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Friday, August 23, 2019  Spokane, Washington  Est. May 19, 1883
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The Spokesman-Review’s most-read online stories of 2018

Washington State Cougars wide receiver Kyle Sweet (17) wore a "3" on his arm during warmups in honor of quarterback Tyler Hilinski before the first half of the 2018 Alamo Bowl on Friday, December 28, 2018. Local tragedies often lead the news and Hilinski’s death was a case in point. The story was among The Spokesman-Review’s most read online in 2018. (Tyler Tjomsland / The Spokesman-Review)
Washington State Cougars wide receiver Kyle Sweet (17) wore a "3" on his arm during warmups in honor of quarterback Tyler Hilinski before the first half of the 2018 Alamo Bowl on Friday, December 28, 2018. Local tragedies often lead the news and Hilinski’s death was a case in point. The story was among The Spokesman-Review’s most read online in 2018. (Tyler Tjomsland / The Spokesman-Review)
From staff reports

Local tragedies often attract the most online readers of The Spokesman-Review.

However, readers also gravitate to anything related to the Washington State football team and the Gonzaga men’s basketball team.

This year was no different. The most read online stories included the suicides of Brandon Hix, an Idaho state representative and WSU quarterback Tyler Hilinski.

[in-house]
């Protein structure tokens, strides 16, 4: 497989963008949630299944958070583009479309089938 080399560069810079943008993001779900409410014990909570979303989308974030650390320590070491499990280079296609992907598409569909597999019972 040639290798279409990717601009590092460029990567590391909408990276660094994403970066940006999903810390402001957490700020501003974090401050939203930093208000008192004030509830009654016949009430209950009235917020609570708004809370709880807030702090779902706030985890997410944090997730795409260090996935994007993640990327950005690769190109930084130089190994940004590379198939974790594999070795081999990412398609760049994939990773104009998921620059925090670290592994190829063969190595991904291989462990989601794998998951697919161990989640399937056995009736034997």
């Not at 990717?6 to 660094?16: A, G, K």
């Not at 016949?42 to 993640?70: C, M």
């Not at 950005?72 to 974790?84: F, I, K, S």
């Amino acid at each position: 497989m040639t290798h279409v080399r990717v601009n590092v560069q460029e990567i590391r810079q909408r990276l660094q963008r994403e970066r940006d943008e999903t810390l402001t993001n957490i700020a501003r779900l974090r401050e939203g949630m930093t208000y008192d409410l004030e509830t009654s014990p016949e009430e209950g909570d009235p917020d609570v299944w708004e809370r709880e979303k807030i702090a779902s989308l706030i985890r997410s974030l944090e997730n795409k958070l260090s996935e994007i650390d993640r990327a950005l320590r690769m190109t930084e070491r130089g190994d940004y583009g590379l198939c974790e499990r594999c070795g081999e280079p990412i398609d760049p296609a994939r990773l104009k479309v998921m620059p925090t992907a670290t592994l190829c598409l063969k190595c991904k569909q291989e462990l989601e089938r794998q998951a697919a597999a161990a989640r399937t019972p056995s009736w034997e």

The high readership reflects not just the devastating news, but the community’s struggle to come to terms with the seriousness and anguish of mental health. The Spokesman-Review does not routinely publish stories about people who take their own lives.

There were also stories of wonderment and the seemingly arcane that collected online readership.

The new look of Washington driver’s licenses earned wide readership of an issue that affects most everybody as the state found a way to comply with the federal Real ID law.

And never underestimate the popularity of reading about biologists capturing a massive cougar. The story included this choice description: “The cat was so muscular the first tranquilizer dart shot at him popped out as the cat flexed its muscles.”

Washington state Rep. Matt Shea came under fire from political donors and critics alike for taking credit for a document titled “Biblical Basis for War.”

A September story that reported on a public forum between candidates for a state Supreme Court seat drew unexpectedly high readership. Many readers found the story about Steven Gonzalez and Nathan Choi in October and November after ballots dropped and voters were searching for information on this lightly reported race.

The dismissal of local rape charges against members of the Polish death metal band Decapitated drew predictably high online readership.

And sometimes stories get new life. That’s what happened with the delightful tale of former Eastern Washington University basketball player Austin McBroom and his family. The newspaper first reported on this YouTube sensation in June 2017. But took off again this year and moved its way into our top web stories list, netting tens of thousands of readers.

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